The first graph indicates Bob’s case during the demand and no demand phases. The demand phase shows that Bob exhibited a high frequency of aggressive acts. During the no demand phases, the rate of Bob’s aggressiveness was low. The second graph illustrates Sam’s case, at a keen observation of this graph, it provides more data points than the figure used in Bob’s case. There are three demand phases observed in the graph; all of the phases are higher when compared to no demand phases. Nevertheless, they are not stable; thus they are variable (Carr, Newsom, & Binkoff, 1980). It is observed that no demand phases are stable and approaching zero.
About the baseline bases, both Bob and Sam exhibit a variable trend and the treatment phases indicate that the pattern returns to a stable level. Since Sam has more data points than Bob, it is essential to note that the results would show a more variation or trend if Bob had more data points. From the graph, it was also evident that Sam had an extra demand phase.
The recommendations in the two cases for Bob and Sam would help in achieving better results and data analysis. First, in Bob’s case, I recommend that more data points can be collected in Bob’s demand phases (Kaye et al., 2017. The suggestion will give different data collected when compared to the original one. I will also recommend that Bob can be given more sessions because of the discrepancy evident in the times that Bob exhibited aggression during the first session and the third session, where there was more data collected. The implementation of this approach will resolve the discrepancies evident in the case.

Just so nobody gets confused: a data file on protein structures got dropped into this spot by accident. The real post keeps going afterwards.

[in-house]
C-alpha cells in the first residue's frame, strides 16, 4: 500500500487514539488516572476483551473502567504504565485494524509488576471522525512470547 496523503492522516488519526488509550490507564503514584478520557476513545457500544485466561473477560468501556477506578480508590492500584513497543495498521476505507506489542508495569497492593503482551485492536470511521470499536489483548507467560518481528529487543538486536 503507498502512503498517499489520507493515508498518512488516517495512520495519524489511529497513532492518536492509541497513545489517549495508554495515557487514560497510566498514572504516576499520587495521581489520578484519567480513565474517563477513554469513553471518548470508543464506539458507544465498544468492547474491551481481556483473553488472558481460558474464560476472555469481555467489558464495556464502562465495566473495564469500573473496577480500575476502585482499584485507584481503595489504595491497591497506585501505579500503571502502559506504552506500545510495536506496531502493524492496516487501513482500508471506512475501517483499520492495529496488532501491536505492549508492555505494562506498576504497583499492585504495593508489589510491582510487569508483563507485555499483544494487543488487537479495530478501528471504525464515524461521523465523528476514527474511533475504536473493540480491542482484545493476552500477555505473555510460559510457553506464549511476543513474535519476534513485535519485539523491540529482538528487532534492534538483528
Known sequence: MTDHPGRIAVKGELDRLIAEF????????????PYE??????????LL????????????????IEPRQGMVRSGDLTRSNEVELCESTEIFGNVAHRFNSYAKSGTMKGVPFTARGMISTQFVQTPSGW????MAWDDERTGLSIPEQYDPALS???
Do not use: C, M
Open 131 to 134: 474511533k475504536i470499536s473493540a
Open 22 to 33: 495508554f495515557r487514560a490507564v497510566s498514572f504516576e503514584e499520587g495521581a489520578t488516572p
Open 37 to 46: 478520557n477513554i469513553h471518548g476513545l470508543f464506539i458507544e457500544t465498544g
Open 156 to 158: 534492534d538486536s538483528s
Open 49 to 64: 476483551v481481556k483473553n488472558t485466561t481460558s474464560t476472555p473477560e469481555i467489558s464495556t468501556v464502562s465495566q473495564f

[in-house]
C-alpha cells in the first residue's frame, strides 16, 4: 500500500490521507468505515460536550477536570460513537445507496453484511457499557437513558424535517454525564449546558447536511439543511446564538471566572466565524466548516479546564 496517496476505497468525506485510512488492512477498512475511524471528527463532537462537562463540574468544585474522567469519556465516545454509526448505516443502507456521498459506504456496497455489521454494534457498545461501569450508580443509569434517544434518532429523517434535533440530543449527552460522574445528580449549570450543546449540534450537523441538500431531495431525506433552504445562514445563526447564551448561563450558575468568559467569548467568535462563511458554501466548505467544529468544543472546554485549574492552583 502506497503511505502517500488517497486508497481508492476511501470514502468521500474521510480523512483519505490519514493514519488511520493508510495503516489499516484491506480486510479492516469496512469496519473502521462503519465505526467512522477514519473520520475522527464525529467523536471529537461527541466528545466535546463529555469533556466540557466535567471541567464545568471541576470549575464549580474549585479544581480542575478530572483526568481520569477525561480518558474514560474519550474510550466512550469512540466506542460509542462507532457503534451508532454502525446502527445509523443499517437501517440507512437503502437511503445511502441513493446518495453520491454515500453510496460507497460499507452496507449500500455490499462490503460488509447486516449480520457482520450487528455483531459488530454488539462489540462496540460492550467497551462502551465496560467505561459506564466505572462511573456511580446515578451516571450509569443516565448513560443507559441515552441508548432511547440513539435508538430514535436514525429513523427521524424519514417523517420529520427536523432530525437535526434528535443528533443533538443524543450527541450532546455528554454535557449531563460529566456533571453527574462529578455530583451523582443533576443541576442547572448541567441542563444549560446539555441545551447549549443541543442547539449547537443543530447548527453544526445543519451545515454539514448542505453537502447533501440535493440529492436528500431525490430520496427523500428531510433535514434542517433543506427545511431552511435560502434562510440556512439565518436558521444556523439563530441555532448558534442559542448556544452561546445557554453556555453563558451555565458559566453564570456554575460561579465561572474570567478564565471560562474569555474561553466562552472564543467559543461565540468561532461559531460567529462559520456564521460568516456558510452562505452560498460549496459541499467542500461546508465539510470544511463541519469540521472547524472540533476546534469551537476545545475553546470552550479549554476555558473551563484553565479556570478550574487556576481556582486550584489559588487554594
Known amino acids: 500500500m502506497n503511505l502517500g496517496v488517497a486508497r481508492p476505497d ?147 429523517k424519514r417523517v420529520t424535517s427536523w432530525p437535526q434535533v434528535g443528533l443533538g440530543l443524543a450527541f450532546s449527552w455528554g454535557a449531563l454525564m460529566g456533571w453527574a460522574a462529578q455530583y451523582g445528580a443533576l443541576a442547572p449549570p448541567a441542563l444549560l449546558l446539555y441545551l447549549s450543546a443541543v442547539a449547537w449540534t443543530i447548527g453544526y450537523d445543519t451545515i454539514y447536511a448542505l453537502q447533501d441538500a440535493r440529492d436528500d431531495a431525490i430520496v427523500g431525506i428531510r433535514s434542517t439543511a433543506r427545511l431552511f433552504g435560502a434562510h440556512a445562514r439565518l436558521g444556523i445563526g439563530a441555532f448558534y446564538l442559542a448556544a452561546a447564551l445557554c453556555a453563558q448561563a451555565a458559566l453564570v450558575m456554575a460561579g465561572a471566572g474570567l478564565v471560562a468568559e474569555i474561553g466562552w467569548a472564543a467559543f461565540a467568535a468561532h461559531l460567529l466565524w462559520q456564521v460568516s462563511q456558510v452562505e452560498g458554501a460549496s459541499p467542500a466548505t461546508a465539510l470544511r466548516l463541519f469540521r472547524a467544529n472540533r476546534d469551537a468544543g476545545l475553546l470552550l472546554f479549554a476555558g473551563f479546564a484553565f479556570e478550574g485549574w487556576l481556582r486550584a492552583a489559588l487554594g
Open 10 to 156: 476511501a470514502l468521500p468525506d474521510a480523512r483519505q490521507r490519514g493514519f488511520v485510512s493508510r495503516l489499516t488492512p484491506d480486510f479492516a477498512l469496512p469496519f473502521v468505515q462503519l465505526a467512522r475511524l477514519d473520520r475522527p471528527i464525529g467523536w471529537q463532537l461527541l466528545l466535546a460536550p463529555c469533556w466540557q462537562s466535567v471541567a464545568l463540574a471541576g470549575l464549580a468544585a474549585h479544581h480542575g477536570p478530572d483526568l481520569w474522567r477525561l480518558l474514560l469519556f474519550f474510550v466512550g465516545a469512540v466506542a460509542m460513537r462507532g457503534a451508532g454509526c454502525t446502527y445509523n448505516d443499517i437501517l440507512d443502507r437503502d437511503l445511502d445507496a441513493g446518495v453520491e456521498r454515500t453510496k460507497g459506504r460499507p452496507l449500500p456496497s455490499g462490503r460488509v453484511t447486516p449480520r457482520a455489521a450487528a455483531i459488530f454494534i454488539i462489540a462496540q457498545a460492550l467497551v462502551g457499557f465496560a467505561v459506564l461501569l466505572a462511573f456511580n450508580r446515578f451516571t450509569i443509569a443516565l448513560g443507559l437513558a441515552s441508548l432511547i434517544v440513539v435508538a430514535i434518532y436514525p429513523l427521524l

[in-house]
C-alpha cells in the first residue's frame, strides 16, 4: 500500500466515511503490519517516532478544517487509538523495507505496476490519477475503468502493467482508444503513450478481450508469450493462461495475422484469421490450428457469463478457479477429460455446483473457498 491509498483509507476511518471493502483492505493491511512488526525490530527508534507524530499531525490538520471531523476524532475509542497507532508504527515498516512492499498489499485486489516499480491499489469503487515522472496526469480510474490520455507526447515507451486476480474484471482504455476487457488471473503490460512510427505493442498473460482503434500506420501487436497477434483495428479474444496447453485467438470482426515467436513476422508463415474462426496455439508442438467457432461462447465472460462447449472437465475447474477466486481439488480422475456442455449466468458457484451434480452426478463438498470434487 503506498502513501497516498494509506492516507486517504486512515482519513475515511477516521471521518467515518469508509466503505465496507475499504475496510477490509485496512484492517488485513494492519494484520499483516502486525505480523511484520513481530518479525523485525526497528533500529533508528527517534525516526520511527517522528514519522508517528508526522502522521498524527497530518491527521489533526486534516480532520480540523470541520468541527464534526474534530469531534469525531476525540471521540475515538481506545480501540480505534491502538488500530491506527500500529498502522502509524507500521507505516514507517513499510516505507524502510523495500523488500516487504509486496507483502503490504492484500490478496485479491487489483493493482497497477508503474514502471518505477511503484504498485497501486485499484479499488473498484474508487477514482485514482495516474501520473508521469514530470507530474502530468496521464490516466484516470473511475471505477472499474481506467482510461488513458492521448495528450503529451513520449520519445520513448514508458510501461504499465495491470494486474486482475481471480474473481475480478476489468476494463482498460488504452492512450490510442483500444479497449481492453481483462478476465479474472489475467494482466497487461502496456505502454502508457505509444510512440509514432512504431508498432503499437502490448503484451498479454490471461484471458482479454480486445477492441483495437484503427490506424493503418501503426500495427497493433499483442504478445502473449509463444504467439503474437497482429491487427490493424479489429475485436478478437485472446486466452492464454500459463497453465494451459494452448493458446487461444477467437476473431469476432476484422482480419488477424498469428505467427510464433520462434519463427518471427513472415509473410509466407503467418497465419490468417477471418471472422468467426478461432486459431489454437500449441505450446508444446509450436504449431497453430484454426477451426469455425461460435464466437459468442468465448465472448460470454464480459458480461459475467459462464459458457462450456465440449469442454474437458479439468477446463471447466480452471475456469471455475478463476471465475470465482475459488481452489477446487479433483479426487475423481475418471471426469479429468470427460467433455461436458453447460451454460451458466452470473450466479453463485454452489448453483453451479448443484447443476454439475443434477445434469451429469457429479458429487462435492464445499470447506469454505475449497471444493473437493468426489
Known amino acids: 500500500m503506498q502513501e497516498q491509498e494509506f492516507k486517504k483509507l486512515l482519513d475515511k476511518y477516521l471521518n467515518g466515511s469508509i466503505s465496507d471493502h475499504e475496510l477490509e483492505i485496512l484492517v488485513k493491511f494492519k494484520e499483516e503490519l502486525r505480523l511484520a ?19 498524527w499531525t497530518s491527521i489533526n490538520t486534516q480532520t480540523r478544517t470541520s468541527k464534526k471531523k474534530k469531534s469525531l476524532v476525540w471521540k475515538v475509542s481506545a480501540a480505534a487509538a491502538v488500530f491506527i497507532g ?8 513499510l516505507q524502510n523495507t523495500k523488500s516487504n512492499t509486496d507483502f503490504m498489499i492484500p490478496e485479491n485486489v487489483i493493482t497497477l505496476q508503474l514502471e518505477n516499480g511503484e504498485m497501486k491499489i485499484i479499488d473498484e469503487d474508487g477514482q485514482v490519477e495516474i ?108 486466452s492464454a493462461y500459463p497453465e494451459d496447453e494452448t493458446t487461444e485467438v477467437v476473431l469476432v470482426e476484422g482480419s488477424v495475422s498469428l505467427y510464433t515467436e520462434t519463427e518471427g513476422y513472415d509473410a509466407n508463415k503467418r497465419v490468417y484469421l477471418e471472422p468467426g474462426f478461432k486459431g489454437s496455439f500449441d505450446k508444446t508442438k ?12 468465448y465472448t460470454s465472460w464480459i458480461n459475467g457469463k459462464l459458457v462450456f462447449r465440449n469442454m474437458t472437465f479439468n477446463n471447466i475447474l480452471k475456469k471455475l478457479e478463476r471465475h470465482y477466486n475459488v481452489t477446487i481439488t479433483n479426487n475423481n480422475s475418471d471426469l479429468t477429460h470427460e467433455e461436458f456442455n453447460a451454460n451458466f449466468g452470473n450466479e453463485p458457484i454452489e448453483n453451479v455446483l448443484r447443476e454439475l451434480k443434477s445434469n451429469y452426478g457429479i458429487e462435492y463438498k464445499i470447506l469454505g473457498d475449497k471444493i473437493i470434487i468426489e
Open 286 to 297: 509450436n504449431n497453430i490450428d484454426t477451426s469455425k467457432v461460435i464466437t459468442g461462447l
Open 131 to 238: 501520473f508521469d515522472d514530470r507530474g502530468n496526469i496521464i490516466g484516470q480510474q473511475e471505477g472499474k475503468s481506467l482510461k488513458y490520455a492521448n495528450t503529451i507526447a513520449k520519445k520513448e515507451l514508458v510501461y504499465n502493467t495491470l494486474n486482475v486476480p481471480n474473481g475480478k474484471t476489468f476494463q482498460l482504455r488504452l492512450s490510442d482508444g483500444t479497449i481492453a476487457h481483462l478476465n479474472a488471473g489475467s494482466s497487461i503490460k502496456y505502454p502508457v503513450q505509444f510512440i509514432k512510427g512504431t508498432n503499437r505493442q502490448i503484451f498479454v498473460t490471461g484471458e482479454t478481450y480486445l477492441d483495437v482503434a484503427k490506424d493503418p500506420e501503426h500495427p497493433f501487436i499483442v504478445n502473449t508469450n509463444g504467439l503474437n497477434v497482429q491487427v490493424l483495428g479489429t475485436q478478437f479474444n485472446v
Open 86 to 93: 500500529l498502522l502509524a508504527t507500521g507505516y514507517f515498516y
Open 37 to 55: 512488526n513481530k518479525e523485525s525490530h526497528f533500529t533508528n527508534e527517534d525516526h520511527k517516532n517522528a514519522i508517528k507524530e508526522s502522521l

Carr, E. G., Newsom, C. D., & Binkoff, J. A. (June 06, 1980). ESCAPE AS A FACTOR IN THE AGGRESSIVE BEHAVIOR OF TWO RETARDED CHILDREN. Journal of Applied Behavior Analysis, 13, 1, 101-117.
Kaye, H. S., & California Univ., San Francisco. Inst. for Health and Aging. StatisticsResearch and Training Center. (2017). Education of Children with Disabilities